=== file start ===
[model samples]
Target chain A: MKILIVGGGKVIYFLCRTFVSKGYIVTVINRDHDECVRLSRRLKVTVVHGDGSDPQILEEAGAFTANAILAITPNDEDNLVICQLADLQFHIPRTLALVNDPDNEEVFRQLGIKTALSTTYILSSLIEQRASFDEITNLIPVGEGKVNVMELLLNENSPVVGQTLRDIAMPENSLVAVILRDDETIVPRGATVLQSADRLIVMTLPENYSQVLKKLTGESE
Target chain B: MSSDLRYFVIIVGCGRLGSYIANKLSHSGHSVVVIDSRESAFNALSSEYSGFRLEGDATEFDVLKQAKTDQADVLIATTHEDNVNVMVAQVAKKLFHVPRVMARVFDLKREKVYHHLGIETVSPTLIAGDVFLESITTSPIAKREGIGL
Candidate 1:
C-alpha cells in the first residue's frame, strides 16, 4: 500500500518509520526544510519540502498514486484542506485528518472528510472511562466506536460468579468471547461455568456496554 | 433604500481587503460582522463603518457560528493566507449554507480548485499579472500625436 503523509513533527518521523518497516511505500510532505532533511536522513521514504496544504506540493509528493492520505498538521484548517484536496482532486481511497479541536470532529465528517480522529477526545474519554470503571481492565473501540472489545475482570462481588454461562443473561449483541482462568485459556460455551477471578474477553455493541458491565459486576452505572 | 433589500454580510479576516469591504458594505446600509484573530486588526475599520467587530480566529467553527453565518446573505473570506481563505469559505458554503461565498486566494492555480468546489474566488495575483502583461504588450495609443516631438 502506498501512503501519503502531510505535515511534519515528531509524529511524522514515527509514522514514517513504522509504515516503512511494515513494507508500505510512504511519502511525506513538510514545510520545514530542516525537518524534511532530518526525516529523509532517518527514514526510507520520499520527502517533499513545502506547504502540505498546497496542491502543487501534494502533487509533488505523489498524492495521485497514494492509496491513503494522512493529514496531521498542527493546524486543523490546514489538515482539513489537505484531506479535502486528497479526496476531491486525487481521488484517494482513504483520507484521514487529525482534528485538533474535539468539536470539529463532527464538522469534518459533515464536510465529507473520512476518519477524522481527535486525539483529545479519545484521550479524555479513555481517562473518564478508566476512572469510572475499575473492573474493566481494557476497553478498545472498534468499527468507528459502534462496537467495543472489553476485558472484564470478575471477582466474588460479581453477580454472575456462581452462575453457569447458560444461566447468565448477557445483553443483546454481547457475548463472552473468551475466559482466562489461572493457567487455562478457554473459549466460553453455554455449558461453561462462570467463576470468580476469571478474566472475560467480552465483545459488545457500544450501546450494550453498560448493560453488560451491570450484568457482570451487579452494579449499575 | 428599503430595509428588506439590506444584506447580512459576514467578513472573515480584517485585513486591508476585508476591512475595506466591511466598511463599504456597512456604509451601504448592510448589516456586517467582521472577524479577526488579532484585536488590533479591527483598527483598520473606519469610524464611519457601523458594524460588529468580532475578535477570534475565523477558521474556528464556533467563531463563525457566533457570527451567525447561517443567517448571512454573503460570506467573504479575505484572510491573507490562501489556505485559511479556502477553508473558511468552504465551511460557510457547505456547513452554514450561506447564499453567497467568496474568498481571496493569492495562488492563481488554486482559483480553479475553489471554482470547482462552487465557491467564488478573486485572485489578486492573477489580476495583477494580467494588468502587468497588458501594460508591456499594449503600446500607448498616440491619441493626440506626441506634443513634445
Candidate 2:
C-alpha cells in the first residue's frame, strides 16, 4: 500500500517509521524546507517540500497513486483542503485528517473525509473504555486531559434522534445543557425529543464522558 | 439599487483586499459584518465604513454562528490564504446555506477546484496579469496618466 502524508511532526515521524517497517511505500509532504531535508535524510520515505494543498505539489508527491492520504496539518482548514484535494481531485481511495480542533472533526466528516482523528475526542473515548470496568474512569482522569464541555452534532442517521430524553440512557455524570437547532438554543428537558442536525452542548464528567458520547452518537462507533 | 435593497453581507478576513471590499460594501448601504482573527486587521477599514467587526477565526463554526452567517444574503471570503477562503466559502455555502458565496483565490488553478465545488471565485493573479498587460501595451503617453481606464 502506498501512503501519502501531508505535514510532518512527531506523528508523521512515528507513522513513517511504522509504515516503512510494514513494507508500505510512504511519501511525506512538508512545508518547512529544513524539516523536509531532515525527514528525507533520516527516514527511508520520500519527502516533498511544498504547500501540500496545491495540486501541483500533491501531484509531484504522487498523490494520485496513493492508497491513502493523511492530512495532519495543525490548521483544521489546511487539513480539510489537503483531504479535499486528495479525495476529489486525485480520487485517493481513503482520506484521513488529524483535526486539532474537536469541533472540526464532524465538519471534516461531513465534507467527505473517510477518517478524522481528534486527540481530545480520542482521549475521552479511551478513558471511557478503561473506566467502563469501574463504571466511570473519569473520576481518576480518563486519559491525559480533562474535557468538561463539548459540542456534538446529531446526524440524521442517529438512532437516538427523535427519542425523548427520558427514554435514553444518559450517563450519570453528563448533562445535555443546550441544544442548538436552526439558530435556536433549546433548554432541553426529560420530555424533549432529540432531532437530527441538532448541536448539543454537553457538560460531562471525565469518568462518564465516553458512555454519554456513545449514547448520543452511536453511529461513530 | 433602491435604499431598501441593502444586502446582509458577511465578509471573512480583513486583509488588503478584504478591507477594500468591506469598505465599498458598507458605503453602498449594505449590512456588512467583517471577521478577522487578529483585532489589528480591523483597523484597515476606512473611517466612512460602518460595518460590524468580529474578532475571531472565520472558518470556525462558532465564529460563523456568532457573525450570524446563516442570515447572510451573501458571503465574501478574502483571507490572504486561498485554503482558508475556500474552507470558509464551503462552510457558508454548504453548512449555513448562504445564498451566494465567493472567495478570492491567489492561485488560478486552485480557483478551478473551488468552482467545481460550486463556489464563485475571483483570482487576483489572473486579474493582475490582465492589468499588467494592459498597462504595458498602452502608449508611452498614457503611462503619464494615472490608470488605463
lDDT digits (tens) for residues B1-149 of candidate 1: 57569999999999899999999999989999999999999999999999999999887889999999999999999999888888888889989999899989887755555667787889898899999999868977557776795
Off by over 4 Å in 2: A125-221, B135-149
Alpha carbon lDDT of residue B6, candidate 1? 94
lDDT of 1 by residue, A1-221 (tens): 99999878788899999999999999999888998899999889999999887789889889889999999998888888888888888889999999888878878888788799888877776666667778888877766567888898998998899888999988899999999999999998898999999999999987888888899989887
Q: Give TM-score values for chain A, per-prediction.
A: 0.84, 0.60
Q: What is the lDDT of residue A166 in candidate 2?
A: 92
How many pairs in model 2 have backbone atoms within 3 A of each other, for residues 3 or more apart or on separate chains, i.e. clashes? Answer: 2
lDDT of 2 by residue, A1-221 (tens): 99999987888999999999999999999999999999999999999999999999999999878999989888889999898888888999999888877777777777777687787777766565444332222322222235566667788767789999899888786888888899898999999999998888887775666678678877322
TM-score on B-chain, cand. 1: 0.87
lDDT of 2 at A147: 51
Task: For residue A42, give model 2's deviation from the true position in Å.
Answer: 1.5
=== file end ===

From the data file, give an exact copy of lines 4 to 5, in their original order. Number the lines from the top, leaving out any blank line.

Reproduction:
Candidate 1:
C-alpha cells in the first residue's frame, strides 16, 4: 500500500518509520526544510519540502498514486484542506485528518472528510472511562466506536460468579468471547461455568456496554 | 433604500481587503460582522463603518457560528493566507449554507480548485499579472500625436 503523509513533527518521523518497516511505500510532505532533511536522513521514504496544504506540493509528493492520505498538521484548517484536496482532486481511497479541536470532529465528517480522529477526545474519554470503571481492565473501540472489545475482570462481588454461562443473561449483541482462568485459556460455551477471578474477553455493541458491565459486576452505572 | 433589500454580510479576516469591504458594505446600509484573530486588526475599520467587530480566529467553527453565518446573505473570506481563505469559505458554503461565498486566494492555480468546489474566488495575483502583461504588450495609443516631438 502506498501512503501519503502531510505535515511534519515528531509524529511524522514515527509514522514514517513504522509504515516503512511494515513494507508500505510512504511519502511525506513538510514545510520545514530542516525537518524534511532530518526525516529523509532517518527514514526510507520520499520527502517533499513545502506547504502540505498546497496542491502543487501534494502533487509533488505523489498524492495521485497514494492509496491513503494522512493529514496531521498542527493546524486543523490546514489538515482539513489537505484531506479535502486528497479526496476531491486525487481521488484517494482513504483520507484521514487529525482534528485538533474535539468539536470539529463532527464538522469534518459533515464536510465529507473520512476518519477524522481527535486525539483529545479519545484521550479524555479513555481517562473518564478508566476512572469510572475499575473492573474493566481494557476497553478498545472498534468499527468507528459502534462496537467495543472489553476485558472484564470478575471477582466474588460479581453477580454472575456462581452462575453457569447458560444461566447468565448477557445483553443483546454481547457475548463472552473468551475466559482466562489461572493457567487455562478457554473459549466460553453455554455449558461453561462462570467463576470468580476469571478474566472475560467480552465483545459488545457500544450501546450494550453498560448493560453488560451491570450484568457482570451487579452494579449499575 | 428599503430595509428588506439590506444584506447580512459576514467578513472573515480584517485585513486591508476585508476591512475595506466591511466598511463599504456597512456604509451601504448592510448589516456586517467582521472577524479577526488579532484585536488590533479591527483598527483598520473606519469610524464611519457601523458594524460588529468580532475578535477570534475565523477558521474556528464556533467563531463563525457566533457570527451567525447561517443567517448571512454573503460570506467573504479575505484572510491573507490562501489556505485559511479556502477553508473558511468552504465551511460557510457547505456547513452554514450561506447564499453567497467568496474568498481571496493569492495562488492563481488554486482559483480553479475553489471554482470547482462552487465557491467564488478573486485572485489578486492573477489580476495583477494580467494588468502587468497588458501594460508591456499594449503600446500607448498616440491619441493626440506626441506634443513634445